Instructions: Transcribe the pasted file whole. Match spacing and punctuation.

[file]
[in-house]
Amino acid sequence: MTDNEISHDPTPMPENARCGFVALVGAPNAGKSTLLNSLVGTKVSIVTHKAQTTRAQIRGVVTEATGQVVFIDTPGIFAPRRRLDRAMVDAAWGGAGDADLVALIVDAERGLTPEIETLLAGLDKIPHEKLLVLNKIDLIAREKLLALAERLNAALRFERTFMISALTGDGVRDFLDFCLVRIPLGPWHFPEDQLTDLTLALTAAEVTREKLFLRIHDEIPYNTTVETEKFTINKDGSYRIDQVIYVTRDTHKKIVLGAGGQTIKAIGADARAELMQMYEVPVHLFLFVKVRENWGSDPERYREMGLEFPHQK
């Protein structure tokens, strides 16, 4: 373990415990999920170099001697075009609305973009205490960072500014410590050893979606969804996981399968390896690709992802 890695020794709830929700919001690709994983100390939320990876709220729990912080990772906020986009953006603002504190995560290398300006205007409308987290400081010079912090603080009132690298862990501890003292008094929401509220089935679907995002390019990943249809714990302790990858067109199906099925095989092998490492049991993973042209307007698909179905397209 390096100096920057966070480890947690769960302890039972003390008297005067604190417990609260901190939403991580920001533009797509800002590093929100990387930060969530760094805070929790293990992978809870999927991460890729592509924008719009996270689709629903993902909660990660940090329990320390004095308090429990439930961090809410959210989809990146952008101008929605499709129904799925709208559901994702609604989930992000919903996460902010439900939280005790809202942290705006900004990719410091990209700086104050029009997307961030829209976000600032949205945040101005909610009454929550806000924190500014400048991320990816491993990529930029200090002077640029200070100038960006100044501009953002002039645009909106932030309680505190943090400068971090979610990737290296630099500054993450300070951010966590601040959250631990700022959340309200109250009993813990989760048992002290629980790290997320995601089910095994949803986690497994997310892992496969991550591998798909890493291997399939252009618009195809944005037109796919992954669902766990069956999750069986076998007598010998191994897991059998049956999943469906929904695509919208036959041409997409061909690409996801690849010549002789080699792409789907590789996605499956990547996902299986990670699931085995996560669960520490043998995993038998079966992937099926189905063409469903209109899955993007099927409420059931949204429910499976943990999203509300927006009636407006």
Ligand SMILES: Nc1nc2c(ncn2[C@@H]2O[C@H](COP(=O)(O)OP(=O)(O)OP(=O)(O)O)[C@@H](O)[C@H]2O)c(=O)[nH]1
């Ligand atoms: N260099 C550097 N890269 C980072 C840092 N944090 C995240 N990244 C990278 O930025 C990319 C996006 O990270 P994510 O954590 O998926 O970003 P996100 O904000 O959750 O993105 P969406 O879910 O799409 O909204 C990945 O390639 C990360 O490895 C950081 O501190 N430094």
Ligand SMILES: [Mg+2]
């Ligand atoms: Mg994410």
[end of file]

[in-house]
Amino acid sequence: MTDNEISHDPTPMPENARCGFVALVGAPNAGKSTLLNSLVGTKVSIVTHKAQTTRAQIRGVVTEATGQVVFIDTPGIFAPRRRLDRAMVDAAWGGAGDADLVALIVDAERGLTPEIETLLAGLDKIPHEKLLVLNKIDLIAREKLLALAERLNAALRFERTFMISALTGDGVRDFLDFCLVRIPLGPWHFPEDQLTDLTLALTAAEVTREKLFLRIHDEIPYNTTVETEKFTINKDGSYRIDQVIYVTRDTHKKIVLGAGGQTIKAIGADARAELMQMYEVPVHLFLFVKVRENWGSDPERYREMGLEFPHQK
């Protein structure tokens, strides 16, 4: 373990415990999920170099001697075009609305973009205490960072500014410590050893979606969804996981399968390896690709992802 890695020794709830929700919001690709994983100390939320990876709220729990912080990772906020986009953006603002504190995560290398300006205007409308987290400081010079912090603080009132690298862990501890003292008094929401509220089935679907995002390019990943249809714990302790990858067109199906099925095989092998490492049991993973042209307007698909179905397209 390096100096920057966070480890947690769960302890039972003390008297005067604190417990609260901190939403991580920001533009797509800002590093929100990387930060969530760094805070929790293990992978809870999927991460890729592509924008719009996270689709629903993902909660990660940090329990320390004095308090429990439930961090809410959210989809990146952008101008929605499709129904799925709208559901994702609604989930992000919903996460902010439900939280005790809202942290705006900004990719410091990209700086104050029009997307961030829209976000600032949205945040101005909610009454929550806000924190500014400048991320990816491993990529930029200090002077640029200070100038960006100044501009953002002039645009909106932030309680505190943090400068971090979610990737290296630099500054993450300070951010966590601040959250631990700022959340309200109250009993813990989760048992002290629980790290997320995601089910095994949803986690497994997310892992496969991550591998798909890493291997399939252009618009195809944005037109796919992954669902766990069956999750069986076998007598010998191994897991059998049956999943469906929904695509919208036959041409997409061909690409996801690849010549002789080699792409789907590789996605499956990547996902299986990670699931085995996560669960520490043998995993038998079966992937099926189905063409469903209109899955993007099927409420059931949204429910499976943990999203509300927006009636407006």
Ligand SMILES: Nc1nc2c(ncn2[C@@H]2O[C@H](COP(=O)(O)OP(=O)(O)OP(=O)(O)O)[C@@H](O)[C@H]2O)c(=O)[nH]1
């Ligand atoms: N260099 C550097 N890269 C980072 C840092 N944090 C995240 N990244 C990278 O930025 C990319 C996006 O990270 P994510 O954590 O998926 O970003 P996100 O904000 O959750 O993105 P969406 O879910 O799409 O909204 C990945 O390639 C990360 O490895 C950081 O501190 N430094």
Ligand SMILES: [Mg+2]
């Ligand atoms: Mg994410």